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An enjoyable slice of 20th-century music journalism almost certain to provide something for most readers, no matter one’s...

Music journalist and musician Wald (Talking 'Bout Your Mama: The Dozens, Snaps, and the Deep Roots of Rap, 2014, etc.) focuses on one evening in music history to explain the evolution of contemporary music, especially folk, blues, and rock.

The date of that evening is July 25, 1965, at the Newport Folk Festival, where there was an unbelievably unexpected occurrence: singer/songwriter Bob Dylan, already a living legend in his early 20s, overriding the acoustic music that made him famous in favor of electronically based music, causing reactions ranging from adoration to intense resentment among other musicians, DJs, and record buyers. Dylan has told his own stories (those stories vary because that’s Dylan’s character), and plenty of other music journalists have explored the Dylan phenomenon. What sets Wald's book apart is his laser focus on that one date. The detailed recounting of what did and did not occur on stage and in the audience that night contains contradictory evidence sorted skillfully by the author. He offers a wealth of context; in fact, his account of Dylan's stage appearance does not arrive until 250 pages in. The author cites dozens of sources, well-known and otherwise, but the key storylines, other than Dylan, involve acoustic folk music guru Pete Seeger and the rich history of the Newport festival, a history that had created expectations smashed by Dylan. Furthermore, the appearances on the pages by other musicians—e.g., Joan Baez, the Weaver, Peter, Paul, and Mary, Dave Van Ronk, and Gordon Lightfoot—give the book enough of an expansive feel. Wald's personal knowledge seems encyclopedic, and his endnotes show how he ranged far beyond personal knowledge to produce the book.

An enjoyable slice of 20th-century music journalism almost certain to provide something for most readers, no matter one’s personal feelings about Dylan's music or persona.

Pub Date: July 25, 2015

ISBN: 978-0-06-236668-9

Page Count: 368

Publisher: Dey Street/HarperCollins

Review Posted Online: May 15, 2015

Kirkus Reviews Issue: June 1, 2015

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This is not the Nutcracker sweet, as passed on by Tchaikovsky and Marius Petipa. No, this is the original Hoffmann tale of 1816, in which the froth of Christmas revelry occasionally parts to let the dark underside of childhood fantasies and fears peek through. The boundaries between dream and reality fade, just as Godfather Drosselmeier, the Nutcracker's creator, is seen as alternately sinister and jolly. And Italian artist Roberto Innocenti gives an errily realistic air to Marie's dreams, in richly detailed illustrations touched by a mysterious light. A beautiful version of this classic tale, which will captivate adults and children alike. (Nutcracker; $35.00; Oct. 28, 1996; 136 pp.; 0-15-100227-4)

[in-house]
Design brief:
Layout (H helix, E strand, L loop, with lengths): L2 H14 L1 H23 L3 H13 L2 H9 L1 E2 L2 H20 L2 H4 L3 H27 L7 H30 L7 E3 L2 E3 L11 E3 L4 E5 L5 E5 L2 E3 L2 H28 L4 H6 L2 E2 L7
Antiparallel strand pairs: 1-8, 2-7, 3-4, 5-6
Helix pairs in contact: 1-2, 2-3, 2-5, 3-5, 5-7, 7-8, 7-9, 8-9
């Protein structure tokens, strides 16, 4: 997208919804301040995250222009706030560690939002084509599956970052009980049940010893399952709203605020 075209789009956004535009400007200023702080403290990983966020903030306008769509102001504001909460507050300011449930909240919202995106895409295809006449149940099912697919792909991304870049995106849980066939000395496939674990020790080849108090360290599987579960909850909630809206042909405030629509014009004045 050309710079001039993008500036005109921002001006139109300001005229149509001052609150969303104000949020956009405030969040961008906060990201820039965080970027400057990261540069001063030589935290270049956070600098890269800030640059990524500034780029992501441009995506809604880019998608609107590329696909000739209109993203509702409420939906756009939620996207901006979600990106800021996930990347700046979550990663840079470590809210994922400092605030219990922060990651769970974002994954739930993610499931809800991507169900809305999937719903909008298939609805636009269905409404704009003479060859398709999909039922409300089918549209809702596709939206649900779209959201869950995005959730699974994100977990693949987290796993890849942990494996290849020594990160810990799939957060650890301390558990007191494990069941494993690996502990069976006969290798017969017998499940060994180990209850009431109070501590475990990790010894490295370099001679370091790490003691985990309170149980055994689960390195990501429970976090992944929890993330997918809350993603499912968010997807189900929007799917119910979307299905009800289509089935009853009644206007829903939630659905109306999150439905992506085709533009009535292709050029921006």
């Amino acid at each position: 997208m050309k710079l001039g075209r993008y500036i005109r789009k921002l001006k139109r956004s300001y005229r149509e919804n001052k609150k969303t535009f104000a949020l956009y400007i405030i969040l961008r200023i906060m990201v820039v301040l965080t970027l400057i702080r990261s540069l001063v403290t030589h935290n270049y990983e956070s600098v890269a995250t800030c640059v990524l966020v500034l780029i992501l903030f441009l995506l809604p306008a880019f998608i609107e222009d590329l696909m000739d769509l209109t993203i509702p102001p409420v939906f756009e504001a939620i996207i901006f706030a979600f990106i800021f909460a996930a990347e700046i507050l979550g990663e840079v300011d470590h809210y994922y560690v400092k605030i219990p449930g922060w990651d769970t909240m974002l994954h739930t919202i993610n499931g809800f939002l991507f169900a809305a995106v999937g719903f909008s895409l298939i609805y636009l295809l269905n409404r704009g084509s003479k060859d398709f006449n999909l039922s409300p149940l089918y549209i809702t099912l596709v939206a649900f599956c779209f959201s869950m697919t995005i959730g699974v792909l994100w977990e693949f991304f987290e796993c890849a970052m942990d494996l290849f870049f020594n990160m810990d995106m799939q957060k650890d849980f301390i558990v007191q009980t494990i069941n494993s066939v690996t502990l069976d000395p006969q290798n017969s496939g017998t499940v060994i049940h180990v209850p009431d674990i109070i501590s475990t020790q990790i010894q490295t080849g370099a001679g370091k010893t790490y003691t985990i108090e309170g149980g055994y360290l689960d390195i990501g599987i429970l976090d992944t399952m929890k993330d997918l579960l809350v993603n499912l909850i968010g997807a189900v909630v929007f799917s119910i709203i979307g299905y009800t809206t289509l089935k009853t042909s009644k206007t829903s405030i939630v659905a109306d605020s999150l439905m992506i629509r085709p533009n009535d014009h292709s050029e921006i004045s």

Pub Date: Oct. 28, 1996

ISBN: 0-15-100227-4

Page Count: 136

Publisher: Harcourt

Review Posted Online: May 19, 2010

Kirkus Reviews Issue: Aug. 15, 1996

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An extravaganza in Bemelmans' inimitable vein, but written almost dead pan, with sly, amusing, sometimes biting undertones, breaking through. For Bemelmans was "the man who came to cocktails". And his hostess was Lady Mendl (Elsie de Wolfe), arbiter of American decorating taste over a generation. Lady Mendl was an incredible person,- self-made in proper American tradition on the one hand, for she had been haunted by the poverty of her childhood, and the years of struggle up from its ugliness,- until she became synonymous with the exotic, exquisite, worshipper at beauty's whrine. Bemelmans draws a portrait in extremes, through apt descriptions, through hilarious anecdote, through surprisingly sympathetic and understanding bits of appreciation. The scene shifts from Hollywood to the home she loved the best in Versailles. One meets in passing a vast roster of famous figures of the international and artistic set. And always one feels Bemelmans, slightly offstage, observing, recording, commenting, illustrated.

Pub Date: Feb. 23, 1955

ISBN: 0670717797

Page Count: -

Publisher: Viking

Review Posted Online: Oct. 25, 2011

Kirkus Reviews Issue: Feb. 1, 1955

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